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A winter tomato versus summer’s heirlooms. Chocolate cake from a box versus the German chocolate cake you’d wait an hour in line for. Regular versus wagyu steak.
These are the comparisons Brady Lowe makes when talking about commodity pork versus heritage breed pigs, which are brought over from Europe and prized for their robust flavors. That’s not what you usually say about pork, and it’s why Lowe founded of Cochon555, an annual tasting competition that kicks off its 17-city tour in NYC this Sunday, challenging five local chefs to each create dishes using five different heritage breed pigs — using every part, snout to tail.
“It really helps expose people to a bunch of different breeds,” Lowe says. “We came up with a really fun party environment to get into it.”
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This year’s NYC competitors include chefs from new-age steakhouse Quality Eats; 2016 critical darling Olmsted; the East Village’s meat-focused bistro Saxon + Parole; Southern fried hotspot Birds & Bubbles and culinary exploration hub Chef’s Club. Each chef’s cuisine will be paired with a sommelier-selected wine.
While getting these chefs in the same room is already cause for excitement, the event also features a pop-up bakery, cheese and charcuterie bars — all featuring products from local producers — a ramen station (with its own wine pairings!), plus punches mixed by local bartenders, and plenty of beers, wines and ciders. And, if you can still move, DJ Lord of Public Enemy will spin tunes after dinner.
So Cochon555 is not your average walk-around tasting. But there’s even more to know.
The winning chef from each city goes on to compete in Chicago’s Grand Cochon. But the real winners are small family farms. When pig farming was industrialized about 75 years ago, breed diversity in this country dwindled.
There are only about 500 farms raising the 13 heritage breeds nationwide, and getting into the business means unearthing knowledge that’s been lost since commercial farming took over the pig industry about 75 years ago. “The only place that can grow heritage breed pigs is family farms; they don’t survive in commodity lots,” explains Lowe. “It takes that care and that nature of family farms to do it.”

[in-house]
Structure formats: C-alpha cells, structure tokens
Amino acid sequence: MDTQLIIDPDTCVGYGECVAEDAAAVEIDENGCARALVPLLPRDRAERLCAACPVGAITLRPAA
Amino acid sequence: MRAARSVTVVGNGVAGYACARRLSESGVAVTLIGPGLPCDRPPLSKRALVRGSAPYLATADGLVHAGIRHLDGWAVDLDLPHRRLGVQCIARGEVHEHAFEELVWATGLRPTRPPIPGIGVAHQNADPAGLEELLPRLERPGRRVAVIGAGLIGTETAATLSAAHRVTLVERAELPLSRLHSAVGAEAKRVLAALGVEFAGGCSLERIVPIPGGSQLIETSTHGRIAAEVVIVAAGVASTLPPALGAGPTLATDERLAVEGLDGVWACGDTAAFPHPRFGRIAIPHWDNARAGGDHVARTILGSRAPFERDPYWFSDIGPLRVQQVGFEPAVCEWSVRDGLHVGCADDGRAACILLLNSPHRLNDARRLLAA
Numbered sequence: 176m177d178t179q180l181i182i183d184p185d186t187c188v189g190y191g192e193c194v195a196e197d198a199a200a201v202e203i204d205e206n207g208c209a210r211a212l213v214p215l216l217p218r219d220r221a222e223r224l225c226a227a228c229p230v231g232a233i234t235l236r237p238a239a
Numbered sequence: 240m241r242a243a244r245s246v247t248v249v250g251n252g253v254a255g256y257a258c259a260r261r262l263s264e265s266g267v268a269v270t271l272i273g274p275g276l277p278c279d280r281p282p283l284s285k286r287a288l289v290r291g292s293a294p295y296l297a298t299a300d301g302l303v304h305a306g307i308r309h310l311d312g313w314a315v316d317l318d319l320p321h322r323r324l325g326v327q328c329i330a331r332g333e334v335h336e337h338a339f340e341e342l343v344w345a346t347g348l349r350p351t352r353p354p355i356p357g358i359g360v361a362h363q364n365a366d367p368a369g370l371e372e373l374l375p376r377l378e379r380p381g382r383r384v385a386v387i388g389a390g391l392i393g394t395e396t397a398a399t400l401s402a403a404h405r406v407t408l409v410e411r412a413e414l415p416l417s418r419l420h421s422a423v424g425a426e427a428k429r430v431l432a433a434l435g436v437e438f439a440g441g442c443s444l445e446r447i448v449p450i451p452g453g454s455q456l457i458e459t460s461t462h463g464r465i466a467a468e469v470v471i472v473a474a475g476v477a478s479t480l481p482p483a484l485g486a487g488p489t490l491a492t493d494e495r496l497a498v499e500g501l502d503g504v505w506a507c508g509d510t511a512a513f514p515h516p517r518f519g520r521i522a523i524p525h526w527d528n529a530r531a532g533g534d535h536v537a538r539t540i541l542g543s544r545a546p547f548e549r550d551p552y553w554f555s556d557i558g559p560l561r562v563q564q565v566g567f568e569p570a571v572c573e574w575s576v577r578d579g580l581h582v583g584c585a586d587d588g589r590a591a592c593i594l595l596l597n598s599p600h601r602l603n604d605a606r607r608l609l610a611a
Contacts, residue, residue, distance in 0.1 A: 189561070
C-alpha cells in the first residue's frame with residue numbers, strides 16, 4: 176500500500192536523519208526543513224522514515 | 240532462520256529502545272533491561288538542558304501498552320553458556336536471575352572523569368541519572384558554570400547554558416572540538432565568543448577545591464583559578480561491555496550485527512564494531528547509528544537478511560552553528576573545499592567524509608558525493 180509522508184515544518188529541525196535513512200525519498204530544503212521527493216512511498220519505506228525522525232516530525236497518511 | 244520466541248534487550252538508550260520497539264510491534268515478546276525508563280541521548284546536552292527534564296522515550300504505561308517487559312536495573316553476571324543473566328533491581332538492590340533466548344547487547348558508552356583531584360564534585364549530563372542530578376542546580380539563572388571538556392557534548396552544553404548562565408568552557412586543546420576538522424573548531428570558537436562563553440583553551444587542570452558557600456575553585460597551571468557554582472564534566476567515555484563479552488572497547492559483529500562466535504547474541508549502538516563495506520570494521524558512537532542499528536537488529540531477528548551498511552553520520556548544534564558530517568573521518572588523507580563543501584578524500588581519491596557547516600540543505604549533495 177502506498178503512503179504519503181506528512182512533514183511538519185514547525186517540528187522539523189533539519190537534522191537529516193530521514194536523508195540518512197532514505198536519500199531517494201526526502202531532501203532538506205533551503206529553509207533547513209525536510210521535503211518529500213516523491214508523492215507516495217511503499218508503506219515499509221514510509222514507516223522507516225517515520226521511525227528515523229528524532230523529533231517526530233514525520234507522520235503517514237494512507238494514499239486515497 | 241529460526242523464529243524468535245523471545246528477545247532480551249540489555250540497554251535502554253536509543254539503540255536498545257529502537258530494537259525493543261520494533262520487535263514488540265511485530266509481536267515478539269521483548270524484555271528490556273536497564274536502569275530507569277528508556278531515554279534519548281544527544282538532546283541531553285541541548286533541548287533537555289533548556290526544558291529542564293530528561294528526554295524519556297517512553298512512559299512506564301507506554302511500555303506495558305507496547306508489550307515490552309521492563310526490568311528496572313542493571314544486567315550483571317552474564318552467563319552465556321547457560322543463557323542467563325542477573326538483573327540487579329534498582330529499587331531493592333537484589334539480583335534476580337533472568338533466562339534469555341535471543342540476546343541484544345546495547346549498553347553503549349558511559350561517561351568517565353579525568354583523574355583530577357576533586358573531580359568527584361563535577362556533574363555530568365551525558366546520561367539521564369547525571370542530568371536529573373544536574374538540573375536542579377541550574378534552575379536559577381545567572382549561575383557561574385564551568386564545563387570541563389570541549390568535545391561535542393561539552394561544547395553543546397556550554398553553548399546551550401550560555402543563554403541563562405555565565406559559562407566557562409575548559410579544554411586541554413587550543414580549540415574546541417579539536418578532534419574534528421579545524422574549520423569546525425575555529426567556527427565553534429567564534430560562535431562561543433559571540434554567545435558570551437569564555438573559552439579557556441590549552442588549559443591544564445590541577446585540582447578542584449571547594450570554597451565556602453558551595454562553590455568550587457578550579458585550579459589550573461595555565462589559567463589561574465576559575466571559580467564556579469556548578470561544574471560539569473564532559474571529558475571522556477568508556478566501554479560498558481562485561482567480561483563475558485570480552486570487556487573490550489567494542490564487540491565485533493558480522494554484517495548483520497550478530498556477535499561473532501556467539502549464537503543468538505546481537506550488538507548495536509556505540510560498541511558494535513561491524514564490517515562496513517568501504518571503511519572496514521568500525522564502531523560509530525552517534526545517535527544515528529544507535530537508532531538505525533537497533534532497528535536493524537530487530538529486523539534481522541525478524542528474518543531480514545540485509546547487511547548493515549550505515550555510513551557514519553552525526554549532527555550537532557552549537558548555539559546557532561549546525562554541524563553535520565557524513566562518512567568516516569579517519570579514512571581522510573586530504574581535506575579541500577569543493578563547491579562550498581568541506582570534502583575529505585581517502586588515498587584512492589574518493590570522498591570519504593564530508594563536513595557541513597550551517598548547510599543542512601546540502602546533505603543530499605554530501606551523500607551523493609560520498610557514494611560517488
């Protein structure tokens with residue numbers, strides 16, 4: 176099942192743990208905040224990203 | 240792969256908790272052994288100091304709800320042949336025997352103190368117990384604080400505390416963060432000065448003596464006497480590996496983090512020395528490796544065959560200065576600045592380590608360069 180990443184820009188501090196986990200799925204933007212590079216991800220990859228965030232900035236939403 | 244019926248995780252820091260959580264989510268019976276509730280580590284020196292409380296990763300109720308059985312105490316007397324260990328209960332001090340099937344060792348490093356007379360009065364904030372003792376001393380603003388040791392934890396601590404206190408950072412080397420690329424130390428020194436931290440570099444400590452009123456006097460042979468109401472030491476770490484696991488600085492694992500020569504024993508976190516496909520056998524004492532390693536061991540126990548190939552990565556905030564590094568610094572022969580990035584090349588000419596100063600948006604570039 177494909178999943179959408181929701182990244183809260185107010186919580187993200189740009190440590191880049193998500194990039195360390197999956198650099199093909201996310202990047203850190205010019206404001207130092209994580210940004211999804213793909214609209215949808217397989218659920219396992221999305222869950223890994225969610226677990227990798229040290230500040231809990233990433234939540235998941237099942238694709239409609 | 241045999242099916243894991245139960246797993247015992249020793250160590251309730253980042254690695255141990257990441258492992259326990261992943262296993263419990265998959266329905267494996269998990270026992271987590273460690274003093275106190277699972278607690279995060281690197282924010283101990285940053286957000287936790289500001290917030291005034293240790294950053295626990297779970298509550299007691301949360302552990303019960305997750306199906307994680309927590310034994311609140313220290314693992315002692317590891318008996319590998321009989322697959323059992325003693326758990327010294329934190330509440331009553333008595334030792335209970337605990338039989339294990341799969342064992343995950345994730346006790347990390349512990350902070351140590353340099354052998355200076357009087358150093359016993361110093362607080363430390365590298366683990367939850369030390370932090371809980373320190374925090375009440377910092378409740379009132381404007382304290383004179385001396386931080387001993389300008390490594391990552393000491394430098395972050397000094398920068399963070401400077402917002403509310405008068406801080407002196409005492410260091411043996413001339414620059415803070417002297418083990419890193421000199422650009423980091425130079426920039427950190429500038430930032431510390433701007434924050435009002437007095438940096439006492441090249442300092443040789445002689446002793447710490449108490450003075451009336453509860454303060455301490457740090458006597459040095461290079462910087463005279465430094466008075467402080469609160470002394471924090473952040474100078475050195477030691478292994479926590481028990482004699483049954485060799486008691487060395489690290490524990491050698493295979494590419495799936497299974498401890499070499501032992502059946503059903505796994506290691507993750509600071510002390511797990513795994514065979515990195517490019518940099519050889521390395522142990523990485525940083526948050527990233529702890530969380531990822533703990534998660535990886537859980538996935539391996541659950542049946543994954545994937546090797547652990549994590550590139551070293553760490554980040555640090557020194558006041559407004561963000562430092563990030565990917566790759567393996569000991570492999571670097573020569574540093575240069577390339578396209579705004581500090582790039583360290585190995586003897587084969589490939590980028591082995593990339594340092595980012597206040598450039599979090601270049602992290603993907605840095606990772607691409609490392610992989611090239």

The heritage breeds supplied by the small farms for Cochon don’t just taste better — they’re raised responsibly, on open pastures and allowed to grow to maturity without the use of steroids, which adds what Lowe calls a “social umami” to the event.
To continue the legacy of heritage breeding, proceeds from the evening will benefitPiggy Bank, a farm that will give free heritage piglets to farmers willing to commit to total transparency about how they’ll be raised and sold.
The point of Cochon555 is to get diners interested in heritage breeds, and to get chefs excited about serving it. But there is a catch: The participating chefs must use the entire pig, snout to tail, because Cochon555 has been talking about food waste long before the vegetable crowd started repurposing kale stems.
Of course a farmer will jump at the chance to work with a Michelin-starred chef, says Lowe, but if that chef only wants tenderloins, “farmers are stuck being freezer managers.” To find chefs who are supporting the cause of snout-to-tail cooking all year long, look for menus with breakfast sausages and bolognese sauces, where “where a lot of whole animals hide.”
“Heritage breed pork is the perfect protein, and that’s because it has intention behind it,” says Lowe. “It has a direct cause that’s attached to every bite.”
Unlike birds, it’s an animal that has enormous variety in the cuts of meat and flavors. Many restaurants don’t have a kitchen or staff big enough to break down an entire cow; pigs are a more manageable size. And because heritage breeds must be raised with more care than their commercial counterparts, they’re an opportunity for conversation about what we’re putting in our bodies and feeding our kids. “This becomes a gateway protein; it stands for something so much bigger.”